Instead, the boy inexplicably won over the too-good-for-him girl, and everything turned out exactly how I hoped it wouldn’t. Luckily, Maya Rudolph and Kristen Wiig were there to help me through.

Six 90s/Early 2000s Boy Bands That Were Better Than ‘N Sync And The Backstreet Boys

As kids, my friends and I constantly debated over a very serious question: Which boy band was superior, ‘N Sync or Backstreet Boys? We changed our minds on a weekly basis, and though I ultimately decided that ‘N Sync was a more universally loved, successful group, I appreciated BSB’s edge and willingness to take risks (“Am I sexual?” come on, that was quite a scandalous song lyric for 1997, especially to immature 9-year-olds!).

But Tiger Beat and YM magazine opened my eyes to many other ensembles in the music industry, and I soon realized there were countless boy bands who were just as good, if not better, than BSB and ‘N Sync. My friend Nikita would frequently skim my magazines, point to a photo of some obscure boy band, and ask, “Why aren’t these guys popular?” I didn’t know, but chose to look into these fellows and was impressed with their material. Here are some 90s/early 2000s boy bands that deserved just as much recognition as BSB and ‘N Sync — not including Hanson or 98 Degrees, because the former was a joke and the latter was made up of milquetoast meatheads who gave birth to the douchetastic bro movement fifteen years before The Situation developed his signature abs.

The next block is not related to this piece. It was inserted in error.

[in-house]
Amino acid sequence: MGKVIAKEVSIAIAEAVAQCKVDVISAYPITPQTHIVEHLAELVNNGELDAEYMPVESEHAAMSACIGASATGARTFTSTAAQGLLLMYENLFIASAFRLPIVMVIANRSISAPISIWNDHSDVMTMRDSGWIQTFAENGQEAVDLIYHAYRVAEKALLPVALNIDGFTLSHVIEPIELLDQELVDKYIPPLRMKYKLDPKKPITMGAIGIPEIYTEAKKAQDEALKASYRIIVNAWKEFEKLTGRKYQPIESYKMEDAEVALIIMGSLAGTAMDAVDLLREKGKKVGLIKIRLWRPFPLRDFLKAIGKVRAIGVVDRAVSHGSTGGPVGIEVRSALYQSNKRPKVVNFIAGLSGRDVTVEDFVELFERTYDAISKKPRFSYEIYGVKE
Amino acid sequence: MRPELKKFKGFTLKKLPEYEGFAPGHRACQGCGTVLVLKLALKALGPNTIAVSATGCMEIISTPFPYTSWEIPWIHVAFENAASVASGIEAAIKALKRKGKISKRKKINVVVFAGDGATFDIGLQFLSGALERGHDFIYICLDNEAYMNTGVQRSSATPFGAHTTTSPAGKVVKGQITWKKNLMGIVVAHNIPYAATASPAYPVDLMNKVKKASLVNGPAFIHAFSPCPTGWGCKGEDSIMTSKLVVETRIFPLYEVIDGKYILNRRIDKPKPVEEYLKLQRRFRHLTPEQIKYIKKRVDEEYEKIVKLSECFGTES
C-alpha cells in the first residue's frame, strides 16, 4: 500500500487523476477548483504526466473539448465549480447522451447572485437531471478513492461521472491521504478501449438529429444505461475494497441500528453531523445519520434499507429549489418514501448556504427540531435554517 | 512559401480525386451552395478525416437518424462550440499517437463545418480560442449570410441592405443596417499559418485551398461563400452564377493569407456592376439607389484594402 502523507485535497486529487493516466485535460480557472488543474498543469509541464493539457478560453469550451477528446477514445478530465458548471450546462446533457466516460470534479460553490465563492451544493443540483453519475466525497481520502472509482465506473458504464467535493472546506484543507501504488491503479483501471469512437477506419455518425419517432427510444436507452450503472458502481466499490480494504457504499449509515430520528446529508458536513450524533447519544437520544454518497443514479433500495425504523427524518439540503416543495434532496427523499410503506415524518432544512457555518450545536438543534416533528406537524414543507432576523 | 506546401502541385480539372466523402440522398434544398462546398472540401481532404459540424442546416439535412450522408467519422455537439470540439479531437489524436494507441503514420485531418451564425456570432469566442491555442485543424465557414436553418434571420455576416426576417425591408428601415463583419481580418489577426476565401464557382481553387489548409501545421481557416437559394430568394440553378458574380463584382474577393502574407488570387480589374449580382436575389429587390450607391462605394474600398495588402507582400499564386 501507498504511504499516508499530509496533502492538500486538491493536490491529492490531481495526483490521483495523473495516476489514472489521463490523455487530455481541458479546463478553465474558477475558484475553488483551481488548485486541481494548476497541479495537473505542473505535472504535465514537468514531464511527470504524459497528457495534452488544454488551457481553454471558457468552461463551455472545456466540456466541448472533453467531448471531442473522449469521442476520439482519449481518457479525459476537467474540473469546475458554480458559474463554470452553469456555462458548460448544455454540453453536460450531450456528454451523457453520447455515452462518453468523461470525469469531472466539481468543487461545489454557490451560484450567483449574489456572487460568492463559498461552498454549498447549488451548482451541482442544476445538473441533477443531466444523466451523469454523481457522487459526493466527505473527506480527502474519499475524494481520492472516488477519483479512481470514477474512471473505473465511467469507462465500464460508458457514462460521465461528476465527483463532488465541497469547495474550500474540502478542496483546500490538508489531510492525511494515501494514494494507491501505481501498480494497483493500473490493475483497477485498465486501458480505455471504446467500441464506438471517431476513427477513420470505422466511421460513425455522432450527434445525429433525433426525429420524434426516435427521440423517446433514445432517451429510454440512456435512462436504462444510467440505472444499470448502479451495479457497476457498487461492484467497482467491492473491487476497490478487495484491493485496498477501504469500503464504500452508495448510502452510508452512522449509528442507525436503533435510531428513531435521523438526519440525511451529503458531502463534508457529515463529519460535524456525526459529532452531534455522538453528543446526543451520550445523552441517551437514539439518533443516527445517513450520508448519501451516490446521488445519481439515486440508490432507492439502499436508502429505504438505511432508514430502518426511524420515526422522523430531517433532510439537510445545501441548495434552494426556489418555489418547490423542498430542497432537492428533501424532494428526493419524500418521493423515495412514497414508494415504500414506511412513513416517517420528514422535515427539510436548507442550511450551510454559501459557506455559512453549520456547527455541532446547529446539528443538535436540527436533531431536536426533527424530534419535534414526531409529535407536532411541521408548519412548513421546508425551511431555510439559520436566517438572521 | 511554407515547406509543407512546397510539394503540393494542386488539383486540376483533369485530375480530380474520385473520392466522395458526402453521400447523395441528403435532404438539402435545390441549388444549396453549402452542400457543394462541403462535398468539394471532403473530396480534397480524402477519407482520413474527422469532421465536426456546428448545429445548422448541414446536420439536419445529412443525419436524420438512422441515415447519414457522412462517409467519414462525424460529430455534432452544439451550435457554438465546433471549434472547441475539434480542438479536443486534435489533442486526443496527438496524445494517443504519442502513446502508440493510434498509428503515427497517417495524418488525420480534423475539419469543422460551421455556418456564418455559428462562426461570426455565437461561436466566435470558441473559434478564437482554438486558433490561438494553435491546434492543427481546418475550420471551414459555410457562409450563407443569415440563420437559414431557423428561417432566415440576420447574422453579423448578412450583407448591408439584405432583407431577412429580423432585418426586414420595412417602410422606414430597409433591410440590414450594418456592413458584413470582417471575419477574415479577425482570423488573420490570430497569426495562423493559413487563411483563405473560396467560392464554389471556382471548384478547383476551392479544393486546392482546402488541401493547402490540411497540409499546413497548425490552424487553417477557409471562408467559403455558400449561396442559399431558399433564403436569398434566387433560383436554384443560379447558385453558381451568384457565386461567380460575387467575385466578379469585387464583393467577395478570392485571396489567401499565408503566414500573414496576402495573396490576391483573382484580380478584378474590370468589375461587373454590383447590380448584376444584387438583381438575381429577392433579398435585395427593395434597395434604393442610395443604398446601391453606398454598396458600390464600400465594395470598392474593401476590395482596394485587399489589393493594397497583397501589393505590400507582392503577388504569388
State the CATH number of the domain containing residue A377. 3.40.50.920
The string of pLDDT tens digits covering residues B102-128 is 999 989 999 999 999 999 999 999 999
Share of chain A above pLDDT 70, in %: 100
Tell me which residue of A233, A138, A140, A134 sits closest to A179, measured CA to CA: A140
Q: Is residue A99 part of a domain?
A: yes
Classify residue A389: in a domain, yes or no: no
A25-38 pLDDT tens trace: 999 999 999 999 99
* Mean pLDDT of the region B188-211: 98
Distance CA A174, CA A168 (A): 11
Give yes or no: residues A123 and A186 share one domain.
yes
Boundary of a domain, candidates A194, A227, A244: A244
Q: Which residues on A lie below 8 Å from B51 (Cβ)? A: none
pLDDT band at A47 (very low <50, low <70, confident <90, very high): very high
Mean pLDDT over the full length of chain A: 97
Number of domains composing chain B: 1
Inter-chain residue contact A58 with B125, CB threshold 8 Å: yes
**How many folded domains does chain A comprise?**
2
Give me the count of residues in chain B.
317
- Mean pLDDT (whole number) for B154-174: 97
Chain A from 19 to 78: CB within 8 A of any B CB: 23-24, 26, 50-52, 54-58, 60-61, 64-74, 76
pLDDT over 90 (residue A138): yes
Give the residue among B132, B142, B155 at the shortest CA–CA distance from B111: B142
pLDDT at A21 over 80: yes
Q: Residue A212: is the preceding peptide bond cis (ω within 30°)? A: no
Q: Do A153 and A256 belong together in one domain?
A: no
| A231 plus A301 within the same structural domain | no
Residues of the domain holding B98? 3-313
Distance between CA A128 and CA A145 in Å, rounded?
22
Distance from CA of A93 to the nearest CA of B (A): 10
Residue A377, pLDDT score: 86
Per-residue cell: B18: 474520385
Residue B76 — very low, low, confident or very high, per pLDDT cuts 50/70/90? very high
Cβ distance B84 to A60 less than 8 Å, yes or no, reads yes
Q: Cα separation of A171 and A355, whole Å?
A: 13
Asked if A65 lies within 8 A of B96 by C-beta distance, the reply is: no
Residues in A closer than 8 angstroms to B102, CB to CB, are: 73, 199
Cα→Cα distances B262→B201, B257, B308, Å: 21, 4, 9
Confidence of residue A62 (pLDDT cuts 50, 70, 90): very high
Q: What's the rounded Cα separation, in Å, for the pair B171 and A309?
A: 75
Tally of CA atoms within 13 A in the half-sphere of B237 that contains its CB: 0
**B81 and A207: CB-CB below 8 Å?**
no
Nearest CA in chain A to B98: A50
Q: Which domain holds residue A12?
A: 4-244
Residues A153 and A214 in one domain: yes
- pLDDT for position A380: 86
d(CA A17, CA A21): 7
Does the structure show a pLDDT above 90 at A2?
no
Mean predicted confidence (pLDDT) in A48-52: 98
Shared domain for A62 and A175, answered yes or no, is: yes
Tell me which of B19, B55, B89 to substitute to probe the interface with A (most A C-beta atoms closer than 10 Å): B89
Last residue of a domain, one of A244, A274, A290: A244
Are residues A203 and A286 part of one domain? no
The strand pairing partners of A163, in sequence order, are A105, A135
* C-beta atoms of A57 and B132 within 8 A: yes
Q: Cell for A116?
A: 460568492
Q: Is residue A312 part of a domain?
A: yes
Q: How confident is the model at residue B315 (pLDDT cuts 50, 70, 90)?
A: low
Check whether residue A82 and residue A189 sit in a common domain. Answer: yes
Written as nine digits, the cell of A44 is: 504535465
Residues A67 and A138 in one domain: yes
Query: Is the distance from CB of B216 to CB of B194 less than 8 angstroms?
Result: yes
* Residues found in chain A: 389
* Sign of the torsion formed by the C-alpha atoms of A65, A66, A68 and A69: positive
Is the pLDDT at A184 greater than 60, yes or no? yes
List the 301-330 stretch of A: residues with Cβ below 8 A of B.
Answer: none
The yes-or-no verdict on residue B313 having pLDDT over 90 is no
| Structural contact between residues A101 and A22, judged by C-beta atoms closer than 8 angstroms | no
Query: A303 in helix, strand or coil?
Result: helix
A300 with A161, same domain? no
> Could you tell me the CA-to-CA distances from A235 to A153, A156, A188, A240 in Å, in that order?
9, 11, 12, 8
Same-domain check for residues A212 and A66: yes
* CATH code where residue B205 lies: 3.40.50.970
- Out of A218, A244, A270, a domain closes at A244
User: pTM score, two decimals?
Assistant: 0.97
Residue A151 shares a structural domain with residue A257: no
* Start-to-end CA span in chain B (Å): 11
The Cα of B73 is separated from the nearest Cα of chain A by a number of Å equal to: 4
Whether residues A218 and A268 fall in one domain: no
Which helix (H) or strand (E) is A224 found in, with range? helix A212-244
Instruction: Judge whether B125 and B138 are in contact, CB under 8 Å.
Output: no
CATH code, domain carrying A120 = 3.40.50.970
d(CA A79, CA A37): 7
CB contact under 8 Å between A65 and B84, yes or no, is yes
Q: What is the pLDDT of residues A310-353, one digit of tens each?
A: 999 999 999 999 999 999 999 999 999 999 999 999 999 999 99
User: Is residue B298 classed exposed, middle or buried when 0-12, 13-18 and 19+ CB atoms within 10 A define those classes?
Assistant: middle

1. 5ive

You may not remember British boy band 5ive, but you can probably sing 1/3 of the chorus to “When The Lights Go Out” (just add the word “baby” before the song title, that’s the gist of my knowledge on the pop song lyrics). It played in some Disney Channel original movie, possibly “Model Behavior” (fun fact: Justin Timberlake starred in this made-for-TV movie, the selfish jerk). They also sang “Slam Dunk (Da Funk)” on that Disney reality show about performers. Simon Cowell also signed for them, and that’s saying a lot considering his prickliness.

2. Eiffel 65

Would you judge me if I told you that I still jog to Eiffel 65’s “Blue (Da Ba Dee)” and “Move Your Body” on the treadmill? I haven’t listened to “Too Much of Heaven” in almost a decade and a half, but the lyrics still resonate with me, as they speak the truth: “Heaven can always turn around.” Sorry to get all philosoraptor on you, but my 11-year-old self learned quite a valuable life lesson thanks to Europop. I just got off the phone with my buddy Nikki, who believes Eiffel 65 does not deserve to be on this list because they were basically a one-hit wonder of 1999. They may only be known as the band that produced “Blue,” which appeared in cinematic masterpieces, “Big Fat Liar” and “Loser,” but the song never lost its appeal (the music video, which was the only reason I watched MTV in junior high, has more than 25 million YouTube views, y’all) and remains authentic to this day, so Eiffel 65 definitely cemented their place in the 90s boy band hall of fame.